Full disclosure: I am not a Bitcoin-afficionado or enthusiast. I am not a Bitcoin-speculator or have any other financial interest in Bitcoin as of so far. I do not even own an Android phone, which would out me at once as an outsider, if I hadn’t disguised my iPhone with Sennheiser headphones and a bulky black Lifeproof case (but still: no Bitcoin wallet on my phone, due to the app store ToS).
I have been a sceptic. To quote myself from June 2011 on
- a fascinating proof of concept for a p2p cryptocurrency
- a virtual value store with a highly irresponsible carbon footprint
- an exercise in mass-psychology, illustrating that any perception of value is based upon mutual understanding, not some inherent natural qualities …”
Guess what. I still think this is a valid analysis. In hindsight to be amended by an appreciation of the ingenuity of coupling a complex cryptocurrency system with sassy speculation as an adoption booster.
OK, so, what am I doing on a Bitcoin conference, between wild eyed neo-neo liberals, post-Austrian libertarian economists, rags to riches full time traders, gnomish core developers, gold digging VCs, crypto-artists and software jockeys, infighting factions and secret forkers of code behind all this?
Mostly, I was enjoying myself. “This is just like in the first years of the Internet”, told me a fellow veteran of the dot-com-days. And yes, it’s true, for a variety of reasons, from potential social impact to entrepreneurial incentives to a positivistic anarcho-technological believe system like a WIRED-issue from 1993.
But, besides, net-nostalgia, Bitcoin offers much more.
- “It’s a settlement system, which in the last four years has never failed”, says Tamás Blummer of Bits of Proof. His company is looking into Bitcoin-Enterprise application.
- “Whole national economies might switch over to Bitcoin”, declared a whole set of panelists.
- “A single coin might reach valuations up to a 100.000 or a Million US-Dollars”, predicted a more speculative mind (but hey, who am I to argue with any many-thousand-fold increase in exchange value).
But the real value of Bitcoin for the further developments of the Internets might even be more arcane. Most successful web service of nowadays share on principle: Twitter, Facebook, Soundcloud, Instagram, you name it are private ventures operating huge black boxes, which can be accessed over the Internet. The underlying protocols are private property. And, looking at Twitter, it might be easy to explain where the problem sits.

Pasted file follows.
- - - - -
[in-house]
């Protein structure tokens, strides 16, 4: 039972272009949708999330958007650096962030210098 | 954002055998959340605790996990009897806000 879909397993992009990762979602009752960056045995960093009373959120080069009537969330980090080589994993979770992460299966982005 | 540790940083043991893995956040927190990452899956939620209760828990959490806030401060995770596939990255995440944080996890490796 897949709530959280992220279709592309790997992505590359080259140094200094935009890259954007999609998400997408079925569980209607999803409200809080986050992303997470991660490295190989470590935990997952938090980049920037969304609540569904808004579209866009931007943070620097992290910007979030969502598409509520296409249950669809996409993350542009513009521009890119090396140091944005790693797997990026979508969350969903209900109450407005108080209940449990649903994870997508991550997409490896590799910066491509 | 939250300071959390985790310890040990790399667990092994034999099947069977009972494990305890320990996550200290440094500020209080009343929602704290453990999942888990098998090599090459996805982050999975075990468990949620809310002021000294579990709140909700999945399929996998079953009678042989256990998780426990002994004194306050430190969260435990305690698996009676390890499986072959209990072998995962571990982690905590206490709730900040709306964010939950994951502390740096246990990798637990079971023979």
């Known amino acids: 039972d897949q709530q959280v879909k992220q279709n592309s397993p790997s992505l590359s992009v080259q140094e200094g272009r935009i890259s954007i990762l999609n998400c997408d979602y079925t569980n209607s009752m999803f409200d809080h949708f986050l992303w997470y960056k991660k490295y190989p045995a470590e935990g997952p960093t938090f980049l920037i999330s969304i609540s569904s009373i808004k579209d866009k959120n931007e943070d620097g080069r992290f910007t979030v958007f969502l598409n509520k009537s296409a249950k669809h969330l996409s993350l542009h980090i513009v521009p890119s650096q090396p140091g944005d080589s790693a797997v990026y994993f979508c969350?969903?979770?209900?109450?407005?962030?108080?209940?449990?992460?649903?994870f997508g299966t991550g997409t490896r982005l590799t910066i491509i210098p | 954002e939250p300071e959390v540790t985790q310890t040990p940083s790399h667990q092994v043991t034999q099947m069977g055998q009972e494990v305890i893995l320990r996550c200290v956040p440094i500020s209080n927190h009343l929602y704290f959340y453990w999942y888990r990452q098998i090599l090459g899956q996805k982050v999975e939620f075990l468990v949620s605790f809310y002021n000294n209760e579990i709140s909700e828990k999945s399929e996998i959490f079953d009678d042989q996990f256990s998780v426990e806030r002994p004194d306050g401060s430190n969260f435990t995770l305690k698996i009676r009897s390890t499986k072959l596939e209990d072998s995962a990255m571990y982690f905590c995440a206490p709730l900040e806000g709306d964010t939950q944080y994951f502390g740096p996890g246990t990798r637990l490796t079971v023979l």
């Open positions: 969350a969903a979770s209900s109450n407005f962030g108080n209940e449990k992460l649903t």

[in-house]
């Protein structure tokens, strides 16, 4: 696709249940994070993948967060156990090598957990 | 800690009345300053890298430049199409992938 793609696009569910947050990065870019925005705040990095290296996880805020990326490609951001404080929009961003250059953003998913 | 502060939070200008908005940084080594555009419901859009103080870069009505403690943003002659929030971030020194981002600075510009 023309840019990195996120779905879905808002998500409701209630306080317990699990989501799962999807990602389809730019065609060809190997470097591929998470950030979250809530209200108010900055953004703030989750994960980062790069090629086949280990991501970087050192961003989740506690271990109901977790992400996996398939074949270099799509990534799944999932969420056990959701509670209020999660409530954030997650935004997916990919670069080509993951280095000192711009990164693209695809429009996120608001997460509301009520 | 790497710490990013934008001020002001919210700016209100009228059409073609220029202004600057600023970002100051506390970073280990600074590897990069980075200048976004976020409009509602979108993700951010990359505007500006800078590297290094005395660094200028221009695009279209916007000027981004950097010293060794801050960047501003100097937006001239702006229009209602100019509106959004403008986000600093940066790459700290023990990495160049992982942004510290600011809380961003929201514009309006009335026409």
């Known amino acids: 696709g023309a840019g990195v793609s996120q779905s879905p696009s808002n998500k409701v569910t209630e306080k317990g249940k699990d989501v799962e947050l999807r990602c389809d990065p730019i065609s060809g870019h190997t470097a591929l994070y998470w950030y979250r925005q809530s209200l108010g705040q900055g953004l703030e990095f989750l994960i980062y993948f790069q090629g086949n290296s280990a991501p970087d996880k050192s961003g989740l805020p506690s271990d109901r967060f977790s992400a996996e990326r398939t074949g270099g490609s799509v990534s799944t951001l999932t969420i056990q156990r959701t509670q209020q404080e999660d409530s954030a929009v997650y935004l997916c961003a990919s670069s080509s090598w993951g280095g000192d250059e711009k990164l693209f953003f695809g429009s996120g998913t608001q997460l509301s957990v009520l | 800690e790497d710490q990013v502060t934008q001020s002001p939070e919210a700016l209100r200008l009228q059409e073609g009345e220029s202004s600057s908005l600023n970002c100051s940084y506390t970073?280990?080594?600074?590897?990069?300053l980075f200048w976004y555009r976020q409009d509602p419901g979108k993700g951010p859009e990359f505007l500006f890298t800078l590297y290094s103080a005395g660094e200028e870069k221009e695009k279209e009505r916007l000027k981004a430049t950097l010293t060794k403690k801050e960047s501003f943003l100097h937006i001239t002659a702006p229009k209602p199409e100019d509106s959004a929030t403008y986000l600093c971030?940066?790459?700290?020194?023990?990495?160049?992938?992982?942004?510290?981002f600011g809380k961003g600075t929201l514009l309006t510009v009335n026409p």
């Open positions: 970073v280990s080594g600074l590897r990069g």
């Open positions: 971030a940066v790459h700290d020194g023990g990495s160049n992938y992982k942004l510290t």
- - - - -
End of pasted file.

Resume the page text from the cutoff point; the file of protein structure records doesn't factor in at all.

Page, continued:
Twitter is basically a very simple messaging protocol, which (for whatever strange reasons) took the Internet by storm. Thousands of companies contributed into an API-fostered ecosystem based upon 140 characters and a central server. But with ever increasing VC investments into the monolithic service, the need for a cash out became so urgent, that it finally began to shape the service. Applications, which were to close to Twitter’s future money flows got the boot. With Twitter’s IPO becoming somewhat inevitable, what’s mostly left of the ecosystem is a 15 billion US Dollar media giant, which dabbles in some ad revenues and sells consumer intelligence to broadcasters.
Now try to imagine how the world would look like, if basic concepts like email or SMS would have taken the same path.
From this perspective, Bitcoin is a healthy step back into a direction of the Interwebs. Technically it’s a protocol, a reference implementation, and some forks of the reference. In technical reality, it’s a very stable crypto-based transactional infrastructure with many different potential uses. Economically, Bitcoin related companies are already attracting serious financing. And Bitcoin-assets seem to be in the 1bn USD range. Not a lot for a currency. But quite a lot of money for being real values stored in still kind of clunky software applications.
It’s the power of open.
And I think I’m going to make use of it.